I can not understand why those hang glider pilots, paddlers, surfers or skiers that whines about the falcon doors does not think about getting a trailer. A trailer would be much more practical and probably more energy efficient, safer and easier. If they really want to put stuff on the roof for what ever reason, get another car and stop whine about the falcon doors.

georgehawley.fl.us | 13. April 2015

@Svenssons: You are probably correct about a trailer as an option for hauling large belongings but I wouldn't call complaints "whining". These are people accustomed to old-fashioned roof racks who really want a Model X but have no trailer experience. Trailers have their own challenges of course. The best solution is probably a pick-up truck. The best selling vehicle in the U.S. is the Ford 150 pickup truck. The second best seller is the Chevrolet Silverado pickup truck. That's because they have much more utility than "utility" vehicles. That is a future market target for the Tesla Model P. Can you see the videos of the 700 hp Model P racing a Corvette and winning? It will be just a matter of time but then Tesla sales will really "pick up".

vandacca | 13. April 2015

Thanks @georgehawley, just spent the last hour watching Hang Gliding videos on YouTube.

BTW, its much easier to carry a hang glider/paddle-board/kayak/canoe on the roof than behind on a trailer. Not only do you considerably extend the vehicle length, but parking and backing-up becomes so much more challenging.

I think the Model-X whining electric motor is a perfect match for these sporting types. :)

P.S. I can't believe that guy didn't bend a down tube in a crash like that. I have a silly little bounce and bend the crap out of my expensive, aerodynamically flared down tube.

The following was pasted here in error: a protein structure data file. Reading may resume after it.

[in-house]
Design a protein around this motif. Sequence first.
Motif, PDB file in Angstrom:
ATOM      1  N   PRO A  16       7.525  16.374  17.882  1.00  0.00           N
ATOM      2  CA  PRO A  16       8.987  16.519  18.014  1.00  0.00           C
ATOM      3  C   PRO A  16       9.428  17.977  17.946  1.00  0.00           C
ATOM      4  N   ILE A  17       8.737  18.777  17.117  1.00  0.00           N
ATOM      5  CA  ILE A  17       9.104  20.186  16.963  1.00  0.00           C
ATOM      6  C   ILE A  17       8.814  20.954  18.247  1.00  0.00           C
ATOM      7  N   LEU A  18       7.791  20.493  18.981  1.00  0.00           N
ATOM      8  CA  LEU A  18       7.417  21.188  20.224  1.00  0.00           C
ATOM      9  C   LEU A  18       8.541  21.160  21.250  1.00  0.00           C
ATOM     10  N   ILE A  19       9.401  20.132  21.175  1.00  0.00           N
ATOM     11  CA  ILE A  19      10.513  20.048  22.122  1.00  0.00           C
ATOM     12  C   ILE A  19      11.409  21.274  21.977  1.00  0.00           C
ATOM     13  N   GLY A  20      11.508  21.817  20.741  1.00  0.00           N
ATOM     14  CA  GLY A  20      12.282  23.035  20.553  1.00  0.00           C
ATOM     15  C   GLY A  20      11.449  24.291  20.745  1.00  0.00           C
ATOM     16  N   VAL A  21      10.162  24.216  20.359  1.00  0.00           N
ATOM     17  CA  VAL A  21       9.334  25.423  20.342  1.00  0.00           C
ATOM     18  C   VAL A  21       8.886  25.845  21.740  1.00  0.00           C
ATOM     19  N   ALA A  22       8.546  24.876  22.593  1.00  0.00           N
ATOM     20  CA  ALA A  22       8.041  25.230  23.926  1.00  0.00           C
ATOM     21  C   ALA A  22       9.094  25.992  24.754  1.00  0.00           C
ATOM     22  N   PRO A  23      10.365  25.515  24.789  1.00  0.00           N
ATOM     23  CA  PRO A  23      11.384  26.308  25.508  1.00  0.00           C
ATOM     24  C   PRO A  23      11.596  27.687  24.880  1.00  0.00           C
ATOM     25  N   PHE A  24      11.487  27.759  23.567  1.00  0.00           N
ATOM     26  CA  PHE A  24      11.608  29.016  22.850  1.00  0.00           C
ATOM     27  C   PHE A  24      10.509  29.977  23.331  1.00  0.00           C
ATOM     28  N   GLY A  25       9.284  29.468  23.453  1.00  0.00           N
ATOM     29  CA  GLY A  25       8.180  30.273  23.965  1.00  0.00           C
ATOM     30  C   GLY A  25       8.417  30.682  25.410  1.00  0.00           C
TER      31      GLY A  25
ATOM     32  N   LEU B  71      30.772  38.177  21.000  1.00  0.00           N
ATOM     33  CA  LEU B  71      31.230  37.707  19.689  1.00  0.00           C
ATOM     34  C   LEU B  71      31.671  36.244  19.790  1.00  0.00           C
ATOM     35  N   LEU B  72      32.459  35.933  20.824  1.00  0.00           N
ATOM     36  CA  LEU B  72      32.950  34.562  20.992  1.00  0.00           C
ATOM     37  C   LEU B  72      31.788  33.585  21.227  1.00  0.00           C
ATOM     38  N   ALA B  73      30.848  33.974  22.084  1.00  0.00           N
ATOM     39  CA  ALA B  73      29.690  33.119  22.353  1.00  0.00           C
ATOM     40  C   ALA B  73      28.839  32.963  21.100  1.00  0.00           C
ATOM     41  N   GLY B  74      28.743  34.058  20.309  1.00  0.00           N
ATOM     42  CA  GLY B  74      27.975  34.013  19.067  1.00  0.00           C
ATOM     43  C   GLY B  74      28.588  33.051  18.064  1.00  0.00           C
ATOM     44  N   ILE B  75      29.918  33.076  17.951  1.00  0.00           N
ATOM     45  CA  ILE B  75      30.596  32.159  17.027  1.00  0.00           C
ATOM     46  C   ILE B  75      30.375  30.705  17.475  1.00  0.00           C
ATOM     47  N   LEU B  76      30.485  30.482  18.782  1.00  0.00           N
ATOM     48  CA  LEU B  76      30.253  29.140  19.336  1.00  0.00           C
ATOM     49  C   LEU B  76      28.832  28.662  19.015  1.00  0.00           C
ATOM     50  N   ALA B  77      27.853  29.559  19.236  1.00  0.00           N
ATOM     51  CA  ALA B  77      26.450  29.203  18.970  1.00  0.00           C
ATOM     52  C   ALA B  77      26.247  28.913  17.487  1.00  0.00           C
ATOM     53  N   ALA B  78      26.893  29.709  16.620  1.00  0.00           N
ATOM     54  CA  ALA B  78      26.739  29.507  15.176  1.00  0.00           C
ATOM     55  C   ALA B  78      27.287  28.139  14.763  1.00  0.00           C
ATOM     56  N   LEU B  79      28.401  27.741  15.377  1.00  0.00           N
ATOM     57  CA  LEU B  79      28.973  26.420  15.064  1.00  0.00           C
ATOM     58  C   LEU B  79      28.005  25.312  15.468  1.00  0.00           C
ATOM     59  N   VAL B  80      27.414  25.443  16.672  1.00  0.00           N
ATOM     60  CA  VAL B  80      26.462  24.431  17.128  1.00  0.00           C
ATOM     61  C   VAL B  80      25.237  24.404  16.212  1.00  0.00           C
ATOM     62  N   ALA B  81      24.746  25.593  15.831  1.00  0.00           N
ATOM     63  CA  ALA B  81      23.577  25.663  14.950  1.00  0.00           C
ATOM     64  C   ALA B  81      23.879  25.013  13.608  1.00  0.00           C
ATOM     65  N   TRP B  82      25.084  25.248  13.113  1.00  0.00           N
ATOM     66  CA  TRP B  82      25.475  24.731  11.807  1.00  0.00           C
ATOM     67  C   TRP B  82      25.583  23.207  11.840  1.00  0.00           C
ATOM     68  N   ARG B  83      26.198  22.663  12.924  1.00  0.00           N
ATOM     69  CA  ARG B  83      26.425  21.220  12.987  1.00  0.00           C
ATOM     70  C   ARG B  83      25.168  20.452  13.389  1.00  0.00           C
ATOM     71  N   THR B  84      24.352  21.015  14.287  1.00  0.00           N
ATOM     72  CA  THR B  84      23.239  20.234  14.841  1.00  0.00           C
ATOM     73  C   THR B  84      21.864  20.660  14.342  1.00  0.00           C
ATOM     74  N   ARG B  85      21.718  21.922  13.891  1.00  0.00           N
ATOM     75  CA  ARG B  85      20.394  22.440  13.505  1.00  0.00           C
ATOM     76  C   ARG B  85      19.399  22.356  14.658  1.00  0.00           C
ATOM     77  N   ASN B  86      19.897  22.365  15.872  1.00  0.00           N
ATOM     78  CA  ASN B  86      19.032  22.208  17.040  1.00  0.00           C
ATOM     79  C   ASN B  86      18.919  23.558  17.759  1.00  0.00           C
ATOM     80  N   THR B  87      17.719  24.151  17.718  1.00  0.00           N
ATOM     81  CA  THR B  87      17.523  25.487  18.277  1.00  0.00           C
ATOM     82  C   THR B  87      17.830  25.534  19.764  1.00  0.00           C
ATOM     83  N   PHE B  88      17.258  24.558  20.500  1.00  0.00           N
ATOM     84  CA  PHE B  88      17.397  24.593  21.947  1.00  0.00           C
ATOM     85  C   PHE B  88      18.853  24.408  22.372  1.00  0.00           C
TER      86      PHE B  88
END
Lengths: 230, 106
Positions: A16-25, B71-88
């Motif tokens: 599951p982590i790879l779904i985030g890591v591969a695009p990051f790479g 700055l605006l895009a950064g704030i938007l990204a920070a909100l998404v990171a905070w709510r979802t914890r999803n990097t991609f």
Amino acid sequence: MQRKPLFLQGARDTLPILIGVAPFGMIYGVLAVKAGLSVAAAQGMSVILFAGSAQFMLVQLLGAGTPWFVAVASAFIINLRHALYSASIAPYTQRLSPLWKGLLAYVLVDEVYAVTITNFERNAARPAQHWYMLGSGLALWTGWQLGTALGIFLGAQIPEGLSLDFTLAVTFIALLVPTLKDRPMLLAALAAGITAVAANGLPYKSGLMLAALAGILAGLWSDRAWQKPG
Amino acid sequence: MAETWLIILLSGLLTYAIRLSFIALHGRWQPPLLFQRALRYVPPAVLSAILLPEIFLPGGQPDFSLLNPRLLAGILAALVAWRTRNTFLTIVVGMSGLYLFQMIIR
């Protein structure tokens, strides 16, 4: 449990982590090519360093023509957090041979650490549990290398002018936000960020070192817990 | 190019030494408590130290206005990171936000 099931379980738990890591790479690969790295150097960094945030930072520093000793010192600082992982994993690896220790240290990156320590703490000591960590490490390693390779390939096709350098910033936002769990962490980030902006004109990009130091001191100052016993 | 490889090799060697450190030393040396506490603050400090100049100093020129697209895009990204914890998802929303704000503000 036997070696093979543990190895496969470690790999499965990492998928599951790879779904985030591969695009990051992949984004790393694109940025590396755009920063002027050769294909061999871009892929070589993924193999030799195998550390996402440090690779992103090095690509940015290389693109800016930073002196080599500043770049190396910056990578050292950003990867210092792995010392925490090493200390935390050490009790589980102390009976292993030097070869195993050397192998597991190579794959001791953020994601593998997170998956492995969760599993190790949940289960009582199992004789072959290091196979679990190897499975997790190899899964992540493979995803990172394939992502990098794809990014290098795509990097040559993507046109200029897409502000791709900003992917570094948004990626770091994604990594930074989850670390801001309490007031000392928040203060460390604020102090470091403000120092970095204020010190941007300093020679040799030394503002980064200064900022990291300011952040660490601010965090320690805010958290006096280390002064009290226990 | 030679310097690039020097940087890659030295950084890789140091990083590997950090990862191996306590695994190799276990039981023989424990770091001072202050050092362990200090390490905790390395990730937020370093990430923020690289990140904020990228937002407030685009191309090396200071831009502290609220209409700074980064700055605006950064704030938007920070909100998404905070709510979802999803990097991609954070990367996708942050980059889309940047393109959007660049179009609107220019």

rob | 13. April 2015

Yes, they look awesome. And I'd love to sit and play with the buttons for an hour or two. Open... close... open... close...
But then the novelty would wear off, methinks. And I'd be stuck with them for another eight years.
Yes, I understand that there are advantages to the design, primarily relating to the access to the third row of seats.
But there are, in fact, many DISadvantages to the Falcon Wing doors. Some of which go directly against many of the inherent benefits of the electric drivetrain.
1. Increased drag, therefore reduced range. In order to achieve the required structural strength in the narrow roof section that has to handle the (dynamic) load of the doors, you need to add a structural member of significant profile. This is either going to add to the frontal surface area (increasing drag), or decrease headroom.
2. Top heavy. One of the great advantages of the "skateboard" battery pack is the low center of gravity. Now we go and add a whole of extra mass in the roof. Probably still not going to get the vehicle to roll over going around a corner, but still... sort of the opposite of the original design ethos.
3. Just plain old heavy. After taking all those steps to reduce mass (aluminium body panels, etc) we now go and add a whole lot back again. Old-fashioned doors are relatively simple, leading to low total mass. And the mountings for the hinges are incorporated onto the main pillars, that need to be strong in any case. Now we add heavy doors, with additional springs, motors, etc, mounted onto a thin sliver of roof that has to resist the dynamic loads of a heavy door on either side. That's going to mean a lot of extra mass in the roof area. Every extra kilogram eats into range, meaning more batteries, meaning even more mass to move around, etc etc. You want to get the vehicle as light as possible.
4. Reduced torsional stiffness. Take a tube/pipe. Cut two big holes into the sides. Now twist that tube. The fact that the doors are hinged not only at the top, but also in the middle, means that they will not form a single structural unit. Old fashioned doors rely on a the basic inherent strength of the triangle. Two hinges, one latch. Nice and secure. These doors are going to make the car's tail move about like a twerking hooker. Unless the engineers add a lot of extra structural members (more cost, more mass, reduced range, etc) this thing is not going to have sportscar handling.